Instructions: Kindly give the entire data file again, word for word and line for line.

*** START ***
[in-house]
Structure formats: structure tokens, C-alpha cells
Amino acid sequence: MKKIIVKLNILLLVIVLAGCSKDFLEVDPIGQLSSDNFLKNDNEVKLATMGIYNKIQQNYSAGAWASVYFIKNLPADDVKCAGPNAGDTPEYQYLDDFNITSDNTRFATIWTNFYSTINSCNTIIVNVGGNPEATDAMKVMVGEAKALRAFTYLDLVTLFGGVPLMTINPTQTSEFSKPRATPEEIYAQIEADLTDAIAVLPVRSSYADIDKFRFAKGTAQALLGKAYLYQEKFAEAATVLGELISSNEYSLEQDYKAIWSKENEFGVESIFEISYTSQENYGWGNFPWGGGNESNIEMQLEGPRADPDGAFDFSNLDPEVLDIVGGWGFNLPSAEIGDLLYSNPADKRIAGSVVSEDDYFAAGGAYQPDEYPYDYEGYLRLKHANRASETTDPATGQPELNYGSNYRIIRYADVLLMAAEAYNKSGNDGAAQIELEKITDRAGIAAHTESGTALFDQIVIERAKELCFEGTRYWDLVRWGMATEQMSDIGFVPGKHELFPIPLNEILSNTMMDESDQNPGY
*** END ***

[in-house]
Structure formats: structure tokens, C-alpha cells
Amino acid sequence: MKKIIVKLNILLLVIVLAGCSKDFLEVDPIGQLSSDNFLKNDNEVKLATMGIYNKIQQNYSAGAWASVYFIKNLPADDVKCAGPNAGDTPEYQYLDDFNITSDNTRFATIWTNFYSTINSCNTIIVNVGGNPEATDAMKVMVGEAKALRAFTYLDLVTLFGGVPLMTINPTQTSEFSKPRATPEEIYAQIEADLTDAIAVLPVRSSYADIDKFRFAKGTAQALLGKAYLYQEKFAEAATVLGELISSNEYSLEQDYKAIWSKENEFGVESIFEISYTSQENYGWGNFPWGGGNESNIEMQLEGPRADPDGAFDFSNLDPEVLDIVGGWGFNLPSAEIGDLLYSNPADKRIAGSVVSEDDYFAAGGAYQPDEYPYDYEGYLRLKHANRASETTDPATGQPELNYGSNYRIIRYADVLLMAAEAYNKSGNDGAAQIELEKITDRAGIAAHTESGTALFDQIVIERAKELCFEGTRYWDLVRWGMATEQMSDIGFVPGKHELFPIPLNEILSNTMMDESDQNPGY